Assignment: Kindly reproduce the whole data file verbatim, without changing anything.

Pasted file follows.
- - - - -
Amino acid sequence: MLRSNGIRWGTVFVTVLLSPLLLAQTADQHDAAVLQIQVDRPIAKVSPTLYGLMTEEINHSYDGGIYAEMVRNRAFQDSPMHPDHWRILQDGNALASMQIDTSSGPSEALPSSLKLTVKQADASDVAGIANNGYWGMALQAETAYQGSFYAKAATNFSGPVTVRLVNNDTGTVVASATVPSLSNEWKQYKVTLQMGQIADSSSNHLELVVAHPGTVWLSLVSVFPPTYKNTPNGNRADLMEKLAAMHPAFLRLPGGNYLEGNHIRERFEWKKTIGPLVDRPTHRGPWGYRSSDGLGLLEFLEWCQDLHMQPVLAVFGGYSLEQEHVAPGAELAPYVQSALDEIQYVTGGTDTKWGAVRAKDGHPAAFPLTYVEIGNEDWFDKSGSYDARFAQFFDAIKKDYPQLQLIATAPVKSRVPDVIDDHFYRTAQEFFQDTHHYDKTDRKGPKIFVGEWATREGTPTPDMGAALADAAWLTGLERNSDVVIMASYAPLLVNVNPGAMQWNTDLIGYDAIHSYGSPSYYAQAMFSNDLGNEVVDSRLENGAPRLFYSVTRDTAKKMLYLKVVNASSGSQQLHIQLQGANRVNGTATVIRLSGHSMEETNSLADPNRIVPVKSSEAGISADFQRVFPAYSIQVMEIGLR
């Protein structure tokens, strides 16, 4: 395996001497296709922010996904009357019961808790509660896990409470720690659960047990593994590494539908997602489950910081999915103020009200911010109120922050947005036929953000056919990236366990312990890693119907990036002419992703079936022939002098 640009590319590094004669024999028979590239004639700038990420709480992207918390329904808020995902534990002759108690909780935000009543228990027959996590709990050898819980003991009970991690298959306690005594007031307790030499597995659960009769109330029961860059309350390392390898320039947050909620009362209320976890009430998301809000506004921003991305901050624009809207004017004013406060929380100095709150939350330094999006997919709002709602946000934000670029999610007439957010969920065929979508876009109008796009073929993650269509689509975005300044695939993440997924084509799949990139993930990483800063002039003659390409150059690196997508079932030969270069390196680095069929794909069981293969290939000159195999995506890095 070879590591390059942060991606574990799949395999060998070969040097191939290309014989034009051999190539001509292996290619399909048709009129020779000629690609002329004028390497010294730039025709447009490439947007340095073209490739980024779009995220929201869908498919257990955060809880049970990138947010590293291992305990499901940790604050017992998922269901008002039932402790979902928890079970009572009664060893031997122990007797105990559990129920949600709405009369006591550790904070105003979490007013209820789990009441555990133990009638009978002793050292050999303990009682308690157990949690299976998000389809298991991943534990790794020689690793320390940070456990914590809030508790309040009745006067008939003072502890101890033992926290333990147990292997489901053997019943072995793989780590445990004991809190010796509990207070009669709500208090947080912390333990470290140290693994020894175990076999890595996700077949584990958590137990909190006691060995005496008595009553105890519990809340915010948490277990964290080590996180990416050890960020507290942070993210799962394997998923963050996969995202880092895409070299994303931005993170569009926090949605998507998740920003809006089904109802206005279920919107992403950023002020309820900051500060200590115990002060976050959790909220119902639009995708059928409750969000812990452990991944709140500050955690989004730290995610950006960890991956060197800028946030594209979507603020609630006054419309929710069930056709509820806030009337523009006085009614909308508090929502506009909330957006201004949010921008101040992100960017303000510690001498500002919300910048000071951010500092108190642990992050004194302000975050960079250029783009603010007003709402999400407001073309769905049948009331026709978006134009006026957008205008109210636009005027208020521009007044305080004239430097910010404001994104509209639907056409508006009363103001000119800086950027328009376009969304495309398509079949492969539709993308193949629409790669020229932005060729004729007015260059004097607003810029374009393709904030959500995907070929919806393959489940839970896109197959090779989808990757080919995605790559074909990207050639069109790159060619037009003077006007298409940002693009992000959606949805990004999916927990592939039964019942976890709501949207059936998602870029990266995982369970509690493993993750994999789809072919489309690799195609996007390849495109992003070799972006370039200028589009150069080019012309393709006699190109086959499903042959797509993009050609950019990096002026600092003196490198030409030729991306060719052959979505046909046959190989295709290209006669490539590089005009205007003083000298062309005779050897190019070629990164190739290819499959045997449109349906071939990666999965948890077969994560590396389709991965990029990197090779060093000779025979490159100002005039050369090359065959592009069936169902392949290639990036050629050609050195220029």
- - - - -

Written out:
Amino acid sequence: MLRSNGIRWGTVFVTVLLSPLLLAQTADQHDAAVLQIQVDRPIAKVSPTLYGLMTEEINHSYDGGIYAEMVRNRAFQDSPMHPDHWRILQDGNALASMQIDTSSGPSEALPSSLKLTVKQADASDVAGIANNGYWGMALQAETAYQGSFYAKAATNFSGPVTVRLVNNDTGTVVASATVPSLSNEWKQYKVTLQMGQIADSSSNHLELVVAHPGTVWLSLVSVFPPTYKNTPNGNRADLMEKLAAMHPAFLRLPGGNYLEGNHIRERFEWKKTIGPLVDRPTHRGPWGYRSSDGLGLLEFLEWCQDLHMQPVLAVFGGYSLEQEHVAPGAELAPYVQSALDEIQYVTGGTDTKWGAVRAKDGHPAAFPLTYVEIGNEDWFDKSGSYDARFAQFFDAIKKDYPQLQLIATAPVKSRVPDVIDDHFYRTAQEFFQDTHHYDKTDRKGPKIFVGEWATREGTPTPDMGAALADAAWLTGLERNSDVVIMASYAPLLVNVNPGAMQWNTDLIGYDAIHSYGSPSYYAQAMFSNDLGNEVVDSRLENGAPRLFYSVTRDTAKKMLYLKVVNASSGSQQLHIQLQGANRVNGTATVIRLSGHSMEETNSLADPNRIVPVKSSEAGISADFQRVFPAYSIQVMEIGLR
């Protein structure tokens, strides 16, 4: 395996001497296709922010996904009357019961808790509660896990409470720690659960047990593994590494539908997602489950910081999915103020009200911010109120922050947005036929953000056919990236366990312990890693119907990036002419992703079936022939002098 640009590319590094004669024999028979590239004639700038990420709480992207918390329904808020995902534990002759108690909780935000009543228990027959996590709990050898819980003991009970991690298959306690005594007031307790030499597995659960009769109330029961860059309350390392390898320039947050909620009362209320976890009430998301809000506004921003991305901050624009809207004017004013406060929380100095709150939350330094999006997919709002709602946000934000670029999610007439957010969920065929979508876009109008796009073929993650269509689509975005300044695939993440997924084509799949990139993930990483800063002039003659390409150059690196997508079932030969270069390196680095069929794909069981293969290939000159195999995506890095 070879590591390059942060991606574990799949395999060998070969040097191939290309014989034009051999190539001509292996290619399909048709009129020779000629690609002329004028390497010294730039025709447009490439947007340095073209490739980024779009995220929201869908498919257990955060809880049970990138947010590293291992305990499901940790604050017992998922269901008002039932402790979902928890079970009572009664060893031997122990007797105990559990129920949600709405009369006591550790904070105003979490007013209820789990009441555990133990009638009978002793050292050999303990009682308690157990949690299976998000389809298991991943534990790794020689690793320390940070456990914590809030508790309040009745006067008939003072502890101890033992926290333990147990292997489901053997019943072995793989780590445990004991809190010796509990207070009669709500208090947080912390333990470290140290693994020894175990076999890595996700077949584990958590137990909190006691060995005496008595009553105890519990809340915010948490277990964290080590996180990416050890960020507290942070993210799962394997998923963050996969995202880092895409070299994303931005993170569009926090949605998507998740920003809006089904109802206005279920919107992403950023002020309820900051500060200590115990002060976050959790909220119902639009995708059928409750969000812990452990991944709140500050955690989004730290995610950006960890991956060197800028946030594209979507603020609630006054419309929710069930056709509820806030009337523009006085009614909308508090929502506009909330957006201004949010921008101040992100960017303000510690001498500002919300910048000071951010500092108190642990992050004194302000975050960079250029783009603010007003709402999400407001073309769905049948009331026709978006134009006026957008205008109210636009005027208020521009007044305080004239430097910010404001994104509209639907056409508006009363103001000119800086950027328009376009969304495309398509079949492969539709993308193949629409790669020229932005060729004729007015260059004097607003810029374009393709904030959500995907070929919806393959489940839970896109197959090779989808990757080919995605790559074909990207050639069109790159060619037009003077006007298409940002693009992000959606949805990004999916927990592939039964019942976890709501949207059936998602870029990266995982369970509690493993993750994999789809072919489309690799195609996007390849495109992003070799972006370039200028589009150069080019012309393709006699190109086959499903042959797509993009050609950019990096002026600092003196490198030409030729991306060719052959979505046909046959190989295709290209006669490539590089005009205007003083000298062309005779050897190019070629990164190739290819499959045997449109349906071939990666999965948890077969994560590396389709991965990029990197090779060093000779025979490159100002005039050369090359065959592009069936169902392949290639990036050629050609050195220029």